recidivism

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re·cid·i·vism

 (rĭ-sĭd′ə-vĭz′əm)
n.
The repeating of or returning to criminal behavior by the same offender or type of offender.

[From recidivist, one who recidivates, from French récidiviste, from récidiver, to relapse, from Medieval Latin recidīvāre, from Latin recidīvus, falling back, from recidere, to fall back : re-, re- + cadere, to fall; see kad- in Indo-European roots.]

re·cid′i·vist n.
re·cid′i·vis′tic, re·cid′i·vous adj.
American Heritage® Dictionary of the English Language, Fifth Edition. Copyright © 2016 by Houghton Mifflin Harcourt Publishing Company. Published by Houghton Mifflin Harcourt Publishing Company. All rights reserved.

recidivism

(rɪˈsɪdɪˌvɪzəm)
n
(Law) habitual relapse into crime
[C19: from Latin recidīvus falling back, from re- + cadere to fall]
reˈcidivist n, adj
reˌcidiˈvistic, reˈcidivous adj
Collins English Dictionary – Complete and Unabridged, 12th Edition 2014 © HarperCollins Publishers 1991, 1994, 1998, 2000, 2003, 2006, 2007, 2009, 2011, 2014

re•cid•i•vism

(rɪˈsɪd əˌvɪz əm)

n.
repeated or habitual relapse, as into crime.
[1885–90; < Latin recidīv(us) relapsing (recid(ere) to fall back)]
re•cid′i•vist, n., adj.
re•cid`i•vis′tic, re•cid′i•vous, adj.
Random House Kernerman Webster's College Dictionary, © 2010 K Dictionaries Ltd. Copyright 2005, 1997, 1991 by Random House, Inc. All rights reserved.

recidivism

a repeated relapsing into criminal or delinquent behavior. — recidivist, n. — recidivistic, recidivous, adj.
See also: Crime
-Ologies & -Isms. Copyright 2008 The Gale Group, Inc. All rights reserved.
ThesaurusAntonymsRelated WordsSynonymsLegend:
Noun1.recidivism - habitual relapse into crime
lapsing, relapse, relapsing, backsliding, reverting, lapse, reversion - a failure to maintain a higher state
Based on WordNet 3.0, Farlex clipart collection. © 2003-2012 Princeton University, Farlex Inc.

recidivism

noun
A slipping from a higher or better condition to a lower or poorer one:
The American Heritage® Roget's Thesaurus. Copyright © 2013, 2014 by Houghton Mifflin Harcourt Publishing Company. Published by Houghton Mifflin Harcourt Publishing Company. All rights reserved.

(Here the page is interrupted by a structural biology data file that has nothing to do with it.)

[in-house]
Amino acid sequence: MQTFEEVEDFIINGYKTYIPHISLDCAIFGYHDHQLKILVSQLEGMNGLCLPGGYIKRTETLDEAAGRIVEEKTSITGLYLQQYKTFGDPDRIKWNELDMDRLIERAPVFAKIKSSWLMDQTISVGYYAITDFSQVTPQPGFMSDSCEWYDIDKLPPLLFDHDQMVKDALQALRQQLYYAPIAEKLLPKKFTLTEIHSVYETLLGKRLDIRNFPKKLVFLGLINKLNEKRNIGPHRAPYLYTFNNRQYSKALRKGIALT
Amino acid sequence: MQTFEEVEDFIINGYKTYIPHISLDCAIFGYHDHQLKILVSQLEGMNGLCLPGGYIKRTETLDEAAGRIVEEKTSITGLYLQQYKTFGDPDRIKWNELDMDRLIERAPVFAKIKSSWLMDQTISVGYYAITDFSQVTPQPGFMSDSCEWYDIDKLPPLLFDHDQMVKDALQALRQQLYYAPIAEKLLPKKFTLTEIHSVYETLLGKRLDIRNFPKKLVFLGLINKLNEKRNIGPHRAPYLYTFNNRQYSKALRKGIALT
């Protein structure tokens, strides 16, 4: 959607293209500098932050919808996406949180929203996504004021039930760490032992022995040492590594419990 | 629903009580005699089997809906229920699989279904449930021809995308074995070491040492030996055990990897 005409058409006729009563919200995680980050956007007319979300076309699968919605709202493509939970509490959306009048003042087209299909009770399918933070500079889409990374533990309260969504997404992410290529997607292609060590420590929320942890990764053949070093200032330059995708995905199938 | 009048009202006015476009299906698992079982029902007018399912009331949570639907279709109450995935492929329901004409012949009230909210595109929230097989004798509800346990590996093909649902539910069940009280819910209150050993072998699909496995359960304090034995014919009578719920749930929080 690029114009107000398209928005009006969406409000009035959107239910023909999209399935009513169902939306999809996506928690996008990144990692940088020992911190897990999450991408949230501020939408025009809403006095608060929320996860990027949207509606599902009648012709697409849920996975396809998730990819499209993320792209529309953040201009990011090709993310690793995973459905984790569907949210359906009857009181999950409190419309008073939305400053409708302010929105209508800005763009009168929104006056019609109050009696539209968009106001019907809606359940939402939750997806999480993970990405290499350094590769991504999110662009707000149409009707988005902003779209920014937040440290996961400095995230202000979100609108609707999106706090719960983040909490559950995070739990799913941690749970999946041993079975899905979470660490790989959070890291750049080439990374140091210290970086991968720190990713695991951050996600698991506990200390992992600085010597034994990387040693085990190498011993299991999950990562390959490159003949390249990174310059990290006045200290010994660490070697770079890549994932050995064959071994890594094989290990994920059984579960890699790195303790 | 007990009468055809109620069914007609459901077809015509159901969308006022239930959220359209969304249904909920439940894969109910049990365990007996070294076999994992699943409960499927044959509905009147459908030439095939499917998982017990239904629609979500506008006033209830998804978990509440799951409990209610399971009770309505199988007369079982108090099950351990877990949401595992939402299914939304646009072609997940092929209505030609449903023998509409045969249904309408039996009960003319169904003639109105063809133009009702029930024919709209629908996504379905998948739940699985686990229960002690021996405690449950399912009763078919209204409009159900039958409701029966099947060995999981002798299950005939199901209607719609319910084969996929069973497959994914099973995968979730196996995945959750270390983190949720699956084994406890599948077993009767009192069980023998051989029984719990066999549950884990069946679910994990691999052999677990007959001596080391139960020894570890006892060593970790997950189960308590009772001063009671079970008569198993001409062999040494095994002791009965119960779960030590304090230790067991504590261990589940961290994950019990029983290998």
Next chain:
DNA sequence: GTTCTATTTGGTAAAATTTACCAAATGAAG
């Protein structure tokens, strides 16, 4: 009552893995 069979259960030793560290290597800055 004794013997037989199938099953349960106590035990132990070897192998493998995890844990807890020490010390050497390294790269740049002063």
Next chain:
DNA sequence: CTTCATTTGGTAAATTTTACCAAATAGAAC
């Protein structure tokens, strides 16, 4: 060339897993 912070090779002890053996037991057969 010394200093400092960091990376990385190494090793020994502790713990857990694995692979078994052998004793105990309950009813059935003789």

Translations

recidivism

[rɪˈsɪdɪvɪzəm] Nreincidencia f
Collins Spanish Dictionary - Complete and Unabridged 8th Edition 2005 © William Collins Sons & Co. Ltd. 1971, 1988 © HarperCollins Publishers 1992, 1993, 1996, 1997, 2000, 2003, 2005

recidivism

Collins German Dictionary – Complete and Unabridged 7th Edition 2005. © William Collins Sons & Co. Ltd. 1980 © HarperCollins Publishers 1991, 1997, 1999, 2004, 2005, 2007

recidivism

[rɪˈsɪdɪˌvɪzm] nrecidività
Collins Italian Dictionary 1st Edition © HarperCollins Publishers 1995

re·cid·i·vism

, recidivity
n. recidiva, reincidencia, tendencia a recaer en una condición, enfermedad o síntoma previo.
English-Spanish Medical Dictionary © Farlex 2012
References in periodicals archive ?
He said this included tackling the illegal immigrant issue, reducing the recidivism rate, guarding the country's land and maritime borders and reformation of security laws.
The executive order specifically calls for the task force to look at how to reduce Oklahoma's incarceration rate, reduce the recidivism rate, and enhance and establish diversion programs.
And that has cut the recidivism rate, for those 7,500, in half - from 20 to under 10 percent.&nbsp; And I just think that makes sense for us to do to help them out," during the prison reform&nbsp;meeting with the president in January.&nbsp;
Thus far, the nation's collective recidivism rate, as measured by BJS, has shown no signs of dropping.
Although a recidivism rate north of 50 percent may seem high, it is also worth considering the fiscal implications of a drop from 77 percent to, say, 68 percent.
In fact, by working with locals in the Safer Peterborough Partnership, One Service reduced the recidivism rate of these short-sentence offenders by 9 percent more than a national control group.
Over the decade of the study, the average recidivism rate in the country--the rate at which formerly incarcerated people are convicted of new crimes that send them back to prison--rose by 2.6 percent.
Overall it's down on 2008 which recorded a 51% recidivism rate. The following year the reoffending rate among men was 48.2%, compared with 41.2% for women.
In Connecticut, for example, those released in 2007 showed a recidivism rate of 43.9 percent, but for those released in 2010, the rate fell to 40 percent -- an 8.9 percent reduction.
Recent research on prison education programs presents discouraging statistics on the current recidivism rate or the rate of the habitual relapse into crime.
Connecticut has reduced its recidivism rate from 47 percent in 2007 to 41 percent in 2013, according to The CT Mirror.
Goodwill's transitional employment program has a recidivism rate of less than 10 percent, which is much better than the state's average recidivism rate of 44 percent.